Rare Edition of the Corpus Juris Canonici [Canon Law]. Lancelotti, Giovanni Paolo [1522-1590], Editor. Corpus Iuris Canonici Emendatum et Notis Illustratum. Gregorii XIII. Pont. Max. Iussu Editum. Indicibus Variis, Et Novis & Appendice Pauli Lanceloti, Perusini Adauctum: Cuius Partes Indicat Aversa Pagina. Accesserunt Novissime Loci Communes Uberrimi, Summa Diligentia ex Ipsis Canonibus Collecti, & Ordine ac Methodo Singulari ad Usum Fori Utriusq[ue] Fideliter Digesti: Theologis, Politicis, & Practicis Perneccessarii. Lyon: [Thomas Guerin], 1591. Four volumes in one book, each with individual pagination. First book preceded by general title page, other books have drop-head titles. [lxiv] pp, 1273 (i.e. 1272) cols.; [xvi] pp., 754 cols.; [xi] p., 416 cols.; [vi] pp., 158 cols.,  pp. Quarto (9-3/4" x 6-3/4"). Contemporary blind-stamped pigskin, large central arabesques to boards, raised bands and paper label and hand-lettered title to spine, fragments of cloth ties. Light soiling, moderate rubbing to extremities, boards slightly bowed, front hinge cracked. General title page, with small later library stamp, printed in red and black. Light browning to interior, minor dampstaining and worming to a few leaves, extensive contemporary annotations to two contents pages to first work, later owner signature to front free endpaper. $1,250. * Later edition. Attempts to codify the body of canon law began in earnest during the Carolingian Empire. These efforts reached fruition with Gratian's Concordia Discordantium Canonum or Decretum Gratiani, a watershed compilation that superseded earlier collections. The Libre Quinque Decretalium of Gregory IX followed in 1234. Published in 1298, the Liber Sextus of Boniface VIII was the last great collection of the pre-Reformation era. John XXII added the final official collection, the Liber Septimus Decretalium, better known as the "Constitutiones Clementis V" or simply "Clementinae" (1317). Three more texts were added later: the Extravagantes of John XXII (1325) and the Extravagantes Communes of other popes to 1484. These works are known collectively as the Corpus Juris Canonici. Many editions include the Appendix Pauli Lancellotti (1563), an elementary guide to the Corpus in the manner of Justinian's.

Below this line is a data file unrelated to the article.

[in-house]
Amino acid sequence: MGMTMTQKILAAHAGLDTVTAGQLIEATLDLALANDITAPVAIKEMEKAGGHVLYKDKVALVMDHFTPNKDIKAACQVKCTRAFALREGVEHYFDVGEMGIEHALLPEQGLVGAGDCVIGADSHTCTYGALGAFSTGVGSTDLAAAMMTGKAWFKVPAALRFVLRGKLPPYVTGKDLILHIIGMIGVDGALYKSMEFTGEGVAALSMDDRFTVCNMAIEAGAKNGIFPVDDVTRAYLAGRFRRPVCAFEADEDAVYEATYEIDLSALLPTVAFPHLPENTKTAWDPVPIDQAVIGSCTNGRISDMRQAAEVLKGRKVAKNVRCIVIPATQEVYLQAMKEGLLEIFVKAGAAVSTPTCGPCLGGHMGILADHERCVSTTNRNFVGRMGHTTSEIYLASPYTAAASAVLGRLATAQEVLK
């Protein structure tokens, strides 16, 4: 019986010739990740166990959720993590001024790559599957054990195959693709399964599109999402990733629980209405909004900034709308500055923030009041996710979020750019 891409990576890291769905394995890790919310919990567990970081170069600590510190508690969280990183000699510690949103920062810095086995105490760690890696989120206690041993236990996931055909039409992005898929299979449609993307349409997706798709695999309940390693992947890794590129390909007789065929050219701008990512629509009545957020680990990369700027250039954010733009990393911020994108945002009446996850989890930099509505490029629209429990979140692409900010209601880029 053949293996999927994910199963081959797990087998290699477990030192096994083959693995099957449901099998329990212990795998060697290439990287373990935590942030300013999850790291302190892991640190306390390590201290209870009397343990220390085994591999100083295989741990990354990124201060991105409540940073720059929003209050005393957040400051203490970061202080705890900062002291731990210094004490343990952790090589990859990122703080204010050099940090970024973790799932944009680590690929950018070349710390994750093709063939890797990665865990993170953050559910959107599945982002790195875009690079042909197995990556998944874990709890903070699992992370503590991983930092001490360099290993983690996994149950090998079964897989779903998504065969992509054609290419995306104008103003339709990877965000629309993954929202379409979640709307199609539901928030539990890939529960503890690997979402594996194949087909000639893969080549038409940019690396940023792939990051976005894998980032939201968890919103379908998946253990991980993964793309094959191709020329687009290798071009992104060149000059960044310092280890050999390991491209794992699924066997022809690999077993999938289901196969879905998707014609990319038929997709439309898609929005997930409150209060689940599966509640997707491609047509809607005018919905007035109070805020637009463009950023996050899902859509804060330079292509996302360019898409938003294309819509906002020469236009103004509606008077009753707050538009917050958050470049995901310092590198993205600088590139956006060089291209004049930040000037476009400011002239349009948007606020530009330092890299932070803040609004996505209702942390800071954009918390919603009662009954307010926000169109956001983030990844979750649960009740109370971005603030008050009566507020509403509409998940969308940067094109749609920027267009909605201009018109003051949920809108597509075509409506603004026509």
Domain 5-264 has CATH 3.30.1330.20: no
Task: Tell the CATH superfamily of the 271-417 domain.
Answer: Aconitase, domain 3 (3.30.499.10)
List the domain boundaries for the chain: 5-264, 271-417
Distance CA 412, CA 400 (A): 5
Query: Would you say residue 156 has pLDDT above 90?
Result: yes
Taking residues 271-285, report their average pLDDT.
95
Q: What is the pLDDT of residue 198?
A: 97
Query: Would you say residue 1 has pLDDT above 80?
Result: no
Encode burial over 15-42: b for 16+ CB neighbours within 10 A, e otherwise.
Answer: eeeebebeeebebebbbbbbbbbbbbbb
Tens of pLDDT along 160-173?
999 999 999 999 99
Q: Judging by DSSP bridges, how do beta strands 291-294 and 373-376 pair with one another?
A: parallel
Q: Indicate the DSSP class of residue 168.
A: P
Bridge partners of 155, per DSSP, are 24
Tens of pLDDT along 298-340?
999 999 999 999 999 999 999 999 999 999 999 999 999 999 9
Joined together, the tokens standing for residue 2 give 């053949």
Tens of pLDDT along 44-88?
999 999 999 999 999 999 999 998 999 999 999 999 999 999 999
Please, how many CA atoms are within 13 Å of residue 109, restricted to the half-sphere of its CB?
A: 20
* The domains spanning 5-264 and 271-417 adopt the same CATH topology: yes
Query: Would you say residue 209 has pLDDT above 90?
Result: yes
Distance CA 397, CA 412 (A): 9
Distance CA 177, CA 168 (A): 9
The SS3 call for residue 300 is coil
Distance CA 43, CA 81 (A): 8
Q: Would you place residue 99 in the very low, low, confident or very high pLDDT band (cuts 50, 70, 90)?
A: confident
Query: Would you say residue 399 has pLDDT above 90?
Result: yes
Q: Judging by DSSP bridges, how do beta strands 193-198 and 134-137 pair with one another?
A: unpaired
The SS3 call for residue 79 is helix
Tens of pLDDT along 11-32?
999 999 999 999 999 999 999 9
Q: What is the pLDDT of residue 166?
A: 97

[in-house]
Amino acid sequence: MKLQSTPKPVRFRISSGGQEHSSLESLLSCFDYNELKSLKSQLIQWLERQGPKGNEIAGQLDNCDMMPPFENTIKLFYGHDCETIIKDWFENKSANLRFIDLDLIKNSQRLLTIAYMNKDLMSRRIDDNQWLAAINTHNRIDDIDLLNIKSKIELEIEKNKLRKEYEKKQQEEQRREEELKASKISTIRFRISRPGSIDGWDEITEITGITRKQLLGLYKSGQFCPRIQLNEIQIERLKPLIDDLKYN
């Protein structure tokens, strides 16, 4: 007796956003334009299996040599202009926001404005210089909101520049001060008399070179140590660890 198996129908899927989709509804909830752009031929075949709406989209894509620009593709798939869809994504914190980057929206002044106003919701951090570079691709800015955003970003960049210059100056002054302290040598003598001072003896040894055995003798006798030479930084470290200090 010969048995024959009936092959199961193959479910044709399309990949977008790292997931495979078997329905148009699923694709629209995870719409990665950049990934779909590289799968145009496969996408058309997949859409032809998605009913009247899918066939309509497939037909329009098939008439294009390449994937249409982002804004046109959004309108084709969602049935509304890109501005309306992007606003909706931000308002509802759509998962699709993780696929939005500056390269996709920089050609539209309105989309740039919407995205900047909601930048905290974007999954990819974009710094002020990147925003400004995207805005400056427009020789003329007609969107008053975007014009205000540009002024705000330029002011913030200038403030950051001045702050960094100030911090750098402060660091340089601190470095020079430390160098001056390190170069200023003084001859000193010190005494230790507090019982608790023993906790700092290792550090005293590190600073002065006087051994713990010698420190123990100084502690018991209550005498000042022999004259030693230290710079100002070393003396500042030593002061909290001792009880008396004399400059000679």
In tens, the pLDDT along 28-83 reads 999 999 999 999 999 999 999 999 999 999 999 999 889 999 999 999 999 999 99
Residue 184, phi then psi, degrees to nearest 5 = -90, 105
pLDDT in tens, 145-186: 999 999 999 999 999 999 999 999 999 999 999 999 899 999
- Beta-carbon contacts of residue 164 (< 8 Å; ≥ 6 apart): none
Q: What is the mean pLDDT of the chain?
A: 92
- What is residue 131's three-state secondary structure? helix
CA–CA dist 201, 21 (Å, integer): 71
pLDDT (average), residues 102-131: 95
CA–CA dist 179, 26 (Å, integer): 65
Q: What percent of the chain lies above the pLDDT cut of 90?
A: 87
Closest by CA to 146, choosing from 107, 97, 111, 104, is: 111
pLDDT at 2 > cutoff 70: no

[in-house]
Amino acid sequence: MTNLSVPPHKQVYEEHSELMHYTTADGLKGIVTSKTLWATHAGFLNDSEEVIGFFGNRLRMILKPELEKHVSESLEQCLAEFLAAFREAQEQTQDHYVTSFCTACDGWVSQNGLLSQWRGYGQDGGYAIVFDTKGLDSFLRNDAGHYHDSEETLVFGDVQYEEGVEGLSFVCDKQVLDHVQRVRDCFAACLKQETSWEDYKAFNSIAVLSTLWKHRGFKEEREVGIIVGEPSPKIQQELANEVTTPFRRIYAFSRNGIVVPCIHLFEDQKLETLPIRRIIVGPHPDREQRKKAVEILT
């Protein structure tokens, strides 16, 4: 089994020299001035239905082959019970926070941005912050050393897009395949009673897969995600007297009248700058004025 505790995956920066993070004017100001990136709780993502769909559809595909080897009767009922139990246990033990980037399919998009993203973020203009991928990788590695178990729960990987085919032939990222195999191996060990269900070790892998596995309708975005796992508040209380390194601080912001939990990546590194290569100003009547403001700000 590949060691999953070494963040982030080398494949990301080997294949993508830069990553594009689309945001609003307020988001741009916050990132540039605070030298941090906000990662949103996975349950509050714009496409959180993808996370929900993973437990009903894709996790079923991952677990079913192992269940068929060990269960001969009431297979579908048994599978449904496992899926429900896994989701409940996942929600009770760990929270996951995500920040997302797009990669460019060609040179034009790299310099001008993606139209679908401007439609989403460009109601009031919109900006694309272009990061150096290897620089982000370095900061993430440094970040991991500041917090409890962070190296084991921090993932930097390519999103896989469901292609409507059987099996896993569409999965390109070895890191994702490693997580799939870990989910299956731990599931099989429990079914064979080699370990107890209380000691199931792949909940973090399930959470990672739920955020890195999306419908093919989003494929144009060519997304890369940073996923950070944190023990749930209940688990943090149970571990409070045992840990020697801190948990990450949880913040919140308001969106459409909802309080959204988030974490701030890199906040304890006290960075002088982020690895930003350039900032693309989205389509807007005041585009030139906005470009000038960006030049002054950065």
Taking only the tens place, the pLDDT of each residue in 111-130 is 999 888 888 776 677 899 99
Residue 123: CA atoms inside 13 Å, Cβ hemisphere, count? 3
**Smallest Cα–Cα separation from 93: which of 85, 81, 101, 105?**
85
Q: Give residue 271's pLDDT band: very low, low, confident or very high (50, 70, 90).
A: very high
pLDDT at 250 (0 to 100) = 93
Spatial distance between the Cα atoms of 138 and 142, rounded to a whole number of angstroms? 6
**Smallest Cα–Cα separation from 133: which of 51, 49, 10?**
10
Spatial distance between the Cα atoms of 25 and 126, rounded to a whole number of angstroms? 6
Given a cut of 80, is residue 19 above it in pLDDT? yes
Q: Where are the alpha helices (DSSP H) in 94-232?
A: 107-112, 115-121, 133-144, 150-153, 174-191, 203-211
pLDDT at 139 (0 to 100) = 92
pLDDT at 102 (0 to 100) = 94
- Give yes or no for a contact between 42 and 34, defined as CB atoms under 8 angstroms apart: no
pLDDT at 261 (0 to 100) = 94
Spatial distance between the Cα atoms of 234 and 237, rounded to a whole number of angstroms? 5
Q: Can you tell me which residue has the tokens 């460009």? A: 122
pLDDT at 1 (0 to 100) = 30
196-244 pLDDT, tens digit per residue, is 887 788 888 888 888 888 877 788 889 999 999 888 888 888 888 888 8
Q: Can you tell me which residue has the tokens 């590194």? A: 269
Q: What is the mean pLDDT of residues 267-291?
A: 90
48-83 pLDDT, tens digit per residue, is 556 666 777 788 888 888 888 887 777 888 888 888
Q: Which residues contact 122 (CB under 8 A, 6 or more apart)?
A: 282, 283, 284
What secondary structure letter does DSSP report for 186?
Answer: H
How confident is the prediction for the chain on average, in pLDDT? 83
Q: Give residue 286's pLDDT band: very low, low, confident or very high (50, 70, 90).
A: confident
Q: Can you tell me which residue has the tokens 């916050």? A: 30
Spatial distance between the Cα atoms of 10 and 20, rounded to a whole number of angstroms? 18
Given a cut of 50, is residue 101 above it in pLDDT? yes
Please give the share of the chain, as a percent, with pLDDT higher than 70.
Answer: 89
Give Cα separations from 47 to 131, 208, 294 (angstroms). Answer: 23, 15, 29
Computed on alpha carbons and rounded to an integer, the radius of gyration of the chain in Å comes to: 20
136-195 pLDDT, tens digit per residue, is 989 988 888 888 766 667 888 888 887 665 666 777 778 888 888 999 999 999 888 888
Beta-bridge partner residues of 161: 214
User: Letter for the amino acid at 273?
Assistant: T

Book number 72443